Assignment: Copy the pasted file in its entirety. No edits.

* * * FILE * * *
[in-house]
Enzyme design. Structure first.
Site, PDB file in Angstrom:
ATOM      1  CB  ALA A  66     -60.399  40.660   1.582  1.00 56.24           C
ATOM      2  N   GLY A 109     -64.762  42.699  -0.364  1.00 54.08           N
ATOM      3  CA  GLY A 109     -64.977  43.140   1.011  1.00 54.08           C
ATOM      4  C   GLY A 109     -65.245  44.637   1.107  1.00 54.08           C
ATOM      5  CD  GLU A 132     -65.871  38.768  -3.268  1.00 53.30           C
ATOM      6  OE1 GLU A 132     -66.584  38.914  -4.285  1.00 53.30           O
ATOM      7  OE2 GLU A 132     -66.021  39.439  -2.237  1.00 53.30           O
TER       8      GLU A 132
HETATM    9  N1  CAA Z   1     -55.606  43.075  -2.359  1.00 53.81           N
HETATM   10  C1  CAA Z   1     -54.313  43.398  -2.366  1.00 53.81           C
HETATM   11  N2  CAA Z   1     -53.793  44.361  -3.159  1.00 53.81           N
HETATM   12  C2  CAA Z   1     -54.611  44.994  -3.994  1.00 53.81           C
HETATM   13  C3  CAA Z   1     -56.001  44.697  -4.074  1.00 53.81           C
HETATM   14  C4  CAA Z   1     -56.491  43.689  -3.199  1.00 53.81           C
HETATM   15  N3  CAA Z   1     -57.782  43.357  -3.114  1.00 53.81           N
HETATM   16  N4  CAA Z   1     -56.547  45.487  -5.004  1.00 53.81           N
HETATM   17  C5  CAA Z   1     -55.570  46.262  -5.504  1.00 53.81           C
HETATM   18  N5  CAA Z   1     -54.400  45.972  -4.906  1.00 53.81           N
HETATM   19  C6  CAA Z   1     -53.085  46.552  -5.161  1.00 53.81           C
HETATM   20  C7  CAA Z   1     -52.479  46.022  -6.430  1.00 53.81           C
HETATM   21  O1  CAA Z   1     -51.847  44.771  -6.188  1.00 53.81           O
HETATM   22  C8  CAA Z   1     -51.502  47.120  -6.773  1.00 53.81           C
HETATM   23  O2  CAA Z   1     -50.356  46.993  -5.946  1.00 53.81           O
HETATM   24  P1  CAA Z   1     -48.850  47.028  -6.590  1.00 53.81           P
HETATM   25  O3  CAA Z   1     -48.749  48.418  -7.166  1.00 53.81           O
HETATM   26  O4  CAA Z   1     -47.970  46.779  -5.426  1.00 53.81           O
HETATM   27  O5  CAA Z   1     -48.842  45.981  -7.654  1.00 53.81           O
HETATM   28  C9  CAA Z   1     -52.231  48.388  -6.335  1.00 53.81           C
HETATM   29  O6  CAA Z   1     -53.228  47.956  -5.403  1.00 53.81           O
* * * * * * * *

[in-house]
Enzyme design. Structure first.
Site, PDB file in Angstrom:
ATOM      1  CB  ALA A  66     -60.399  40.660   1.582  1.00 56.24           C
ATOM      2  N   GLY A 109     -64.762  42.699  -0.364  1.00 54.08           N
ATOM      3  CA  GLY A 109     -64.977  43.140   1.011  1.00 54.08           C
ATOM      4  C   GLY A 109     -65.245  44.637   1.107  1.00 54.08           C
ATOM      5  CD  GLU A 132     -65.871  38.768  -3.268  1.00 53.30           C
ATOM      6  OE1 GLU A 132     -66.584  38.914  -4.285  1.00 53.30           O
ATOM      7  OE2 GLU A 132     -66.021  39.439  -2.237  1.00 53.30           O
TER       8      GLU A 132
HETATM    9  N1  CAA Z   1     -55.606  43.075  -2.359  1.00 53.81           N
HETATM   10  C1  CAA Z   1     -54.313  43.398  -2.366  1.00 53.81           C
HETATM   11  N2  CAA Z   1     -53.793  44.361  -3.159  1.00 53.81           N
HETATM   12  C2  CAA Z   1     -54.611  44.994  -3.994  1.00 53.81           C
HETATM   13  C3  CAA Z   1     -56.001  44.697  -4.074  1.00 53.81           C
HETATM   14  C4  CAA Z   1     -56.491  43.689  -3.199  1.00 53.81           C
HETATM   15  N3  CAA Z   1     -57.782  43.357  -3.114  1.00 53.81           N
HETATM   16  N4  CAA Z   1     -56.547  45.487  -5.004  1.00 53.81           N
HETATM   17  C5  CAA Z   1     -55.570  46.262  -5.504  1.00 53.81           C
HETATM   18  N5  CAA Z   1     -54.400  45.972  -4.906  1.00 53.81           N
HETATM   19  C6  CAA Z   1     -53.085  46.552  -5.161  1.00 53.81           C
HETATM   20  C7  CAA Z   1     -52.479  46.022  -6.430  1.00 53.81           C
HETATM   21  O1  CAA Z   1     -51.847  44.771  -6.188  1.00 53.81           O
HETATM   22  C8  CAA Z   1     -51.502  47.120  -6.773  1.00 53.81           C
HETATM   23  O2  CAA Z   1     -50.356  46.993  -5.946  1.00 53.81           O
HETATM   24  P1  CAA Z   1     -48.850  47.028  -6.590  1.00 53.81           P
HETATM   25  O3  CAA Z   1     -48.749  48.418  -7.166  1.00 53.81           O
HETATM   26  O4  CAA Z   1     -47.970  46.779  -5.426  1.00 53.81           O
HETATM   27  O5  CAA Z   1     -48.842  45.981  -7.654  1.00 53.81           O
HETATM   28  C9  CAA Z   1     -52.231  48.388  -6.335  1.00 53.81           C
HETATM   29  O6  CAA Z   1     -53.228  47.956  -5.403  1.00 53.81           O